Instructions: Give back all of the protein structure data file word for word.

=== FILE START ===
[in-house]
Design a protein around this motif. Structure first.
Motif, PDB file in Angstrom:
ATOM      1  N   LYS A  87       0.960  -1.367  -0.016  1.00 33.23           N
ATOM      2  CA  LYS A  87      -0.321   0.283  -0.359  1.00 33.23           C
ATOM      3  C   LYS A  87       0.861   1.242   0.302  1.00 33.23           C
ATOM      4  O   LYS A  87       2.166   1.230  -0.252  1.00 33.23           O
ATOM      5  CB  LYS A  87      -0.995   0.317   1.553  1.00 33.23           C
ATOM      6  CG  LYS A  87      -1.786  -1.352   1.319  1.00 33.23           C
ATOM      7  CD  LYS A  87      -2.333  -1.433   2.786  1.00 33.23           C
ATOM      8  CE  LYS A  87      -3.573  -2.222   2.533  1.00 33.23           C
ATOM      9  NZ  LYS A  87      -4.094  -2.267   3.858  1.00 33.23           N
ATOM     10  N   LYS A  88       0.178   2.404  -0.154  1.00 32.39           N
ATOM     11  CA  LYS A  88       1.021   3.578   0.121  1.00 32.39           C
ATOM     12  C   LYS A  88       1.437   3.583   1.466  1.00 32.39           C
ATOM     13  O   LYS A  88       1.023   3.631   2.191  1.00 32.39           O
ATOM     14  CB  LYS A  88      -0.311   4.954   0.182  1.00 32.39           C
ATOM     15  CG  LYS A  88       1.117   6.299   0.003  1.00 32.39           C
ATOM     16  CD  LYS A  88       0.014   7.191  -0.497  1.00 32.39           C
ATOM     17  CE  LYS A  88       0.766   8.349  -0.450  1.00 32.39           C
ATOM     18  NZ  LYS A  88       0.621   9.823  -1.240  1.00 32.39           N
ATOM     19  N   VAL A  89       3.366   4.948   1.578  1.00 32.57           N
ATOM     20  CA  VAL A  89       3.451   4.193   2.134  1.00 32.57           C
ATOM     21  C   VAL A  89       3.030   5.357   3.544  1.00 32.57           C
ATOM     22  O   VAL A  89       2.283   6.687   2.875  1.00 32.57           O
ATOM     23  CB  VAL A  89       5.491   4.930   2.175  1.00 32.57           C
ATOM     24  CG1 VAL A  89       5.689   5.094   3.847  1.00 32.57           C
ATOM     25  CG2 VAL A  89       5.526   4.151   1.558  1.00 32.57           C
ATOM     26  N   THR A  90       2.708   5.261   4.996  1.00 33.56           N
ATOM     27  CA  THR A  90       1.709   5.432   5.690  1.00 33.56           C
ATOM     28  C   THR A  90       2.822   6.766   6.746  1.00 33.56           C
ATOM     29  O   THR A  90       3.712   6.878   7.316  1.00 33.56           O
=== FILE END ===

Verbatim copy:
[in-house]
Design a protein around this motif. Structure first.
Motif, PDB file in Angstrom:
ATOM      1  N   LYS A  87       0.960  -1.367  -0.016  1.00 33.23           N
ATOM      2  CA  LYS A  87      -0.321   0.283  -0.359  1.00 33.23           C
ATOM      3  C   LYS A  87       0.861   1.242   0.302  1.00 33.23           C
ATOM      4  O   LYS A  87       2.166   1.230  -0.252  1.00 33.23           O
ATOM      5  CB  LYS A  87      -0.995   0.317   1.553  1.00 33.23           C
ATOM      6  CG  LYS A  87      -1.786  -1.352   1.319  1.00 33.23           C
ATOM      7  CD  LYS A  87      -2.333  -1.433   2.786  1.00 33.23           C
ATOM      8  CE  LYS A  87      -3.573  -2.222   2.533  1.00 33.23           C
ATOM      9  NZ  LYS A  87      -4.094  -2.267   3.858  1.00 33.23           N
ATOM     10  N   LYS A  88       0.178   2.404  -0.154  1.00 32.39           N
ATOM     11  CA  LYS A  88       1.021   3.578   0.121  1.00 32.39           C
ATOM     12  C   LYS A  88       1.437   3.583   1.466  1.00 32.39           C
ATOM     13  O   LYS A  88       1.023   3.631   2.191  1.00 32.39           O
ATOM     14  CB  LYS A  88      -0.311   4.954   0.182  1.00 32.39           C
ATOM     15  CG  LYS A  88       1.117   6.299   0.003  1.00 32.39           C
ATOM     16  CD  LYS A  88       0.014   7.191  -0.497  1.00 32.39           C
ATOM     17  CE  LYS A  88       0.766   8.349  -0.450  1.00 32.39           C
ATOM     18  NZ  LYS A  88       0.621   9.823  -1.240  1.00 32.39           N
ATOM     19  N   VAL A  89       3.366   4.948   1.578  1.00 32.57           N
ATOM     20  CA  VAL A  89       3.451   4.193   2.134  1.00 32.57           C
ATOM     21  C   VAL A  89       3.030   5.357   3.544  1.00 32.57           C
ATOM     22  O   VAL A  89       2.283   6.687   2.875  1.00 32.57           O
ATOM     23  CB  VAL A  89       5.491   4.930   2.175  1.00 32.57           C
ATOM     24  CG1 VAL A  89       5.689   5.094   3.847  1.00 32.57           C
ATOM     25  CG2 VAL A  89       5.526   4.151   1.558  1.00 32.57           C
ATOM     26  N   THR A  90       2.708   5.261   4.996  1.00 33.56           N
ATOM     27  CA  THR A  90       1.709   5.432   5.690  1.00 33.56           C
ATOM     28  C   THR A  90       2.822   6.766   6.746  1.00 33.56           C
ATOM     29  O   THR A  90       3.712   6.878   7.316  1.00 33.56           O